Brian Gionta (RW): Gionta had 28 goals, but was disappointing overall, with 46 points in 61 games last season. After proving to be very durable the previous few seasons, Gionta missed 21 games with a broken bone in his foot. With Scott Gomez centering his line and feeding him the puck, look for Gionta to have more luck scoring goals, and if he remains healthy he could end up with 30-plus tallies.
ON THE RISE - THE HABS
P.K. Subban (D): Subban is looking to continue where he left off last year in the playoffs, when he recorded eight points in 14 playoff games. He recently was the recipient of the AHL's President's Award following last season. The brilliantly talented defenseman was a first-team AHL All-Star and was elected to the league's All-Rookie team. He's coming off an AHL season where he registered 18 goals, 35 assists, and had a mind-boggling plus-46 rating in 77 games. The Habs might strike gold if Subban can reproduce those numbers despite stiffer competition in the NHL.
Benoit Pouliot (C): Pouliot recorded 24 points in 39 games with the Canadiens last season after coming over in a trade from the Wild. He is a bit of a wild card, however. Despite possessing an excellent skill set, Pouliot is plagued by whispers of a hot temper, and a poor attitude and work ethic. This season, he'll have a shot at earning a more prominent role during training camp. If he can get a grasp on the mental piece of the game, he could in line for a breakout season.
TWO TO AVOID – “THE HAB NOTS”
Hal Gill (D): Injuries to Andrei Markov bumped up Gill’s playoff ice time, but there is plenty of reason to think that trend will not continue into 2010-11. Gill is on the wrong side of 35 and hasn’t tallied a 20 point season since ‘07-08. In “real life,” his size and experience make him a valuable defensive piece on a winning club. However, in fantasy circles he is somebody to avoid.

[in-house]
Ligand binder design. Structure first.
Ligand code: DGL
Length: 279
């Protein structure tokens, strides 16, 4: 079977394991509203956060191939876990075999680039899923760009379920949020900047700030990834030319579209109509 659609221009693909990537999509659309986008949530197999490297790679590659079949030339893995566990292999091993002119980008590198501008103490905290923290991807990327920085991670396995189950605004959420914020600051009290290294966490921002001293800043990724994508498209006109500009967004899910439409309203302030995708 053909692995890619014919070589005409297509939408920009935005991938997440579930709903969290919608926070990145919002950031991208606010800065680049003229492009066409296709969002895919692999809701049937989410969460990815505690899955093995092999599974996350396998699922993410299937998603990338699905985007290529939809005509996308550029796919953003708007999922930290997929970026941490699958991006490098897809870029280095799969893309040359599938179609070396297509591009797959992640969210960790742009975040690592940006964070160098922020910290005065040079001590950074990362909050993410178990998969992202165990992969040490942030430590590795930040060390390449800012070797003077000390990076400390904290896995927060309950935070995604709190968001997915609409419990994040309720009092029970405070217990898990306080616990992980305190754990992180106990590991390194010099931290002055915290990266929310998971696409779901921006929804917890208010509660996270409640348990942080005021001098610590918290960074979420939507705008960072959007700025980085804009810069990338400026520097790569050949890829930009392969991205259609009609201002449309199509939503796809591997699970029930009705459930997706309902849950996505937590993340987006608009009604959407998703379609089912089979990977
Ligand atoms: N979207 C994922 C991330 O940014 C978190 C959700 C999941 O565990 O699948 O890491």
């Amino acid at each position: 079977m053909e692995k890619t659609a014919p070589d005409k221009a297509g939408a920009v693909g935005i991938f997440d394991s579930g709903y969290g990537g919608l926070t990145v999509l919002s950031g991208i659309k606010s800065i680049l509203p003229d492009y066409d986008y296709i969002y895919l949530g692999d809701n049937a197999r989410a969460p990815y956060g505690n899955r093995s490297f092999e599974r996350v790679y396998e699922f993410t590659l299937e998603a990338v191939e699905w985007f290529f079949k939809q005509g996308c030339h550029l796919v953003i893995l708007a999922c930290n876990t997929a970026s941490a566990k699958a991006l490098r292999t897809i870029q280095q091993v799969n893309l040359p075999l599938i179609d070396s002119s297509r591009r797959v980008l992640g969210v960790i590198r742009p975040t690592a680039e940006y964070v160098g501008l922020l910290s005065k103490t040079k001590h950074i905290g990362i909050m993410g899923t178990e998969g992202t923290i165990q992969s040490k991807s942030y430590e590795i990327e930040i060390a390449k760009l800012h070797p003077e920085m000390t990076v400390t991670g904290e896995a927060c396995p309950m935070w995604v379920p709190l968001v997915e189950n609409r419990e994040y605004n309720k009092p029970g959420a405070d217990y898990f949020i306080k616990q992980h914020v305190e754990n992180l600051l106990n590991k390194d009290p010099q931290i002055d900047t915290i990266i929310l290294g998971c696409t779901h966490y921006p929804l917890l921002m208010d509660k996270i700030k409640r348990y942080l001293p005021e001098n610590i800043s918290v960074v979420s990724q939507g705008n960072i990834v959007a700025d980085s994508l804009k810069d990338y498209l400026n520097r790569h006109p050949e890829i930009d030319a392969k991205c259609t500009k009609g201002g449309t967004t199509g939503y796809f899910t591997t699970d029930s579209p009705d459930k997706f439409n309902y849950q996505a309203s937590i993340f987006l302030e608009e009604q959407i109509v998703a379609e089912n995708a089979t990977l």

Travis Moen (LW): Last season, Moen notched his best point total since ‘06-07, scoring eight goals to go with eleven assists. Based on his AHL numbers, those totals look to be near his ceiling which lends him minimal fantasy value. But hey, he received 50 stitches in his face after being cut with a skate last year. That has to be worth something.
Lars Ellis (LW): The centerpiece of the Halak deal, Ellis is a great skater with sound technical skills. He scored 20 goals in 77 games between Peoria and St. Louis last year, and made the AHL All-Rookie Team. While he has shown the ability to light the lamp, it’s his playmaking skills and maturity with the puck that stand out the most. He has the potential to be a very high-scoring defenseman in Montreal and will be given every opportunity to make the squad this year.
Danny Kristo (RW): A tad small at 5-foot-11, Kristo makes up for it with excellent speed and puck control. He put on a clinic at the University of North Dakota last year, being named the WHCA Rookie of the Year while leading all freshman in points (36), points per game (0.88), goals (15), and power play points (20). Kristo figures to remain at the college level at least one more year but is still a long term prospect held in high regard by the Habs. If the Minnesota native can bulk up from his current 188-pound frame, he has the ability to be a serious offensive threat at the NHL level.